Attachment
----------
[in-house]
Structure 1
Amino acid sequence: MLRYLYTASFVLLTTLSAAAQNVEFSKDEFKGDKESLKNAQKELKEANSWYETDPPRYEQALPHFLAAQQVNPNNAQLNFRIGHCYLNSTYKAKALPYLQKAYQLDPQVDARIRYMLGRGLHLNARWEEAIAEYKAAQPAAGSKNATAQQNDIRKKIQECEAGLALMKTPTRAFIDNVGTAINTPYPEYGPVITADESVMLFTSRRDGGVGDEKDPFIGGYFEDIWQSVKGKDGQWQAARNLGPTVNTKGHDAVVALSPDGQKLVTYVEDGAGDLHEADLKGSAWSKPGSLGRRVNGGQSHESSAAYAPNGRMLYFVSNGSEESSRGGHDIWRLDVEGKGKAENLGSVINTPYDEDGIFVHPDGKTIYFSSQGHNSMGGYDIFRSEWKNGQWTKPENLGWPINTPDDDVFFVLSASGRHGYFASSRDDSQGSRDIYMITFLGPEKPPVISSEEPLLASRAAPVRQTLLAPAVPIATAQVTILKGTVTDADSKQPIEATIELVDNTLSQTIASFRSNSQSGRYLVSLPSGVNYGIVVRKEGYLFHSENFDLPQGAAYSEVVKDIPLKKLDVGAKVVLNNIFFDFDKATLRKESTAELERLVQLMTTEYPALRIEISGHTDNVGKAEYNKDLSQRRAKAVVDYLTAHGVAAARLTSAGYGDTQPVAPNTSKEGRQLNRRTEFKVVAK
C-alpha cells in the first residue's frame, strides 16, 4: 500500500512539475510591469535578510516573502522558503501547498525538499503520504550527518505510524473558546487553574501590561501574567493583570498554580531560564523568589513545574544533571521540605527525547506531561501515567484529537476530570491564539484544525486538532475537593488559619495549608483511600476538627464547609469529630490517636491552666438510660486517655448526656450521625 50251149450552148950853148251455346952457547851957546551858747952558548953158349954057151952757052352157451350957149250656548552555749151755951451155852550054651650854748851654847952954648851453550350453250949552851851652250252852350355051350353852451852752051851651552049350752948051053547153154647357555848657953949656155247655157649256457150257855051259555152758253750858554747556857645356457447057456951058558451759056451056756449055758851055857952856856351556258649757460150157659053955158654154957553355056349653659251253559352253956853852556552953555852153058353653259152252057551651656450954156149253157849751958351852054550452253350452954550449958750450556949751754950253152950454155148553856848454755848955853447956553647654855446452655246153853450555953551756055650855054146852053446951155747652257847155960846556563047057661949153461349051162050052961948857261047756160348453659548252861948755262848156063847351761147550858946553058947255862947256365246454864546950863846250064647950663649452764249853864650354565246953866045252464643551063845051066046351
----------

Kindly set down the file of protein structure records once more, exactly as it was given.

[in-house]
Structure 1
Amino acid sequence: MLRYLYTASFVLLTTLSAAAQNVEFSKDEFKGDKESLKNAQKELKEANSWYETDPPRYEQALPHFLAAQQVNPNNAQLNFRIGHCYLNSTYKAKALPYLQKAYQLDPQVDARIRYMLGRGLHLNARWEEAIAEYKAAQPAAGSKNATAQQNDIRKKIQECEAGLALMKTPTRAFIDNVGTAINTPYPEYGPVITADESVMLFTSRRDGGVGDEKDPFIGGYFEDIWQSVKGKDGQWQAARNLGPTVNTKGHDAVVALSPDGQKLVTYVEDGAGDLHEADLKGSAWSKPGSLGRRVNGGQSHESSAAYAPNGRMLYFVSNGSEESSRGGHDIWRLDVEGKGKAENLGSVINTPYDEDGIFVHPDGKTIYFSSQGHNSMGGYDIFRSEWKNGQWTKPENLGWPINTPDDDVFFVLSASGRHGYFASSRDDSQGSRDIYMITFLGPEKPPVISSEEPLLASRAAPVRQTLLAPAVPIATAQVTILKGTVTDADSKQPIEATIELVDNTLSQTIASFRSNSQSGRYLVSLPSGVNYGIVVRKEGYLFHSENFDLPQGAAYSEVVKDIPLKKLDVGAKVVLNNIFFDFDKATLRKESTAELERLVQLMTTEYPALRIEISGHTDNVGKAEYNKDLSQRRAKAVVDYLTAHGVAAARLTSAGYGDTQPVAPNTSKEGRQLNRRTEFKVVAK
C-alpha cells in the first residue's frame, strides 16, 4: 500500500512539475510591469535578510516573502522558503501547498525538499503520504550527518505510524473558546487553574501590561501574567493583570498554580531560564523568589513545574544533571521540605527525547506531561501515567484529537476530570491564539484544525486538532475537593488559619495549608483511600476538627464547609469529630490517636491552666438510660486517655448526656450521625 50251149450552148950853148251455346952457547851957546551858747952558548953158349954057151952757052352157451350957149250656548552555749151755951451155852550054651650854748851654847952954648851453550350453250949552851851652250252852350355051350353852451852752051851651552049350752948051053547153154647357555848657953949656155247655157649256457150257855051259555152758253750858554747556857645356457447057456951058558451759056451056756449055758851055857952856856351556258649757460150157659053955158654154957553355056349653659251253559352253956853852556552953555852153058353653259152252057551651656450954156149253157849751958351852054550452253350452954550449958750450556949751754950253152950454155148553856848454755848955853447956553647654855446452655246153853450555953551756055650855054146852053446951155747652257847155960846556563047057661949153461349051162050052961948857261047756160348453659548252861948755262848156063847351761147550858946553058947255862947256365246454864546950863846250064647950663649452764249853864650354565246953866045252464643551063845051066046351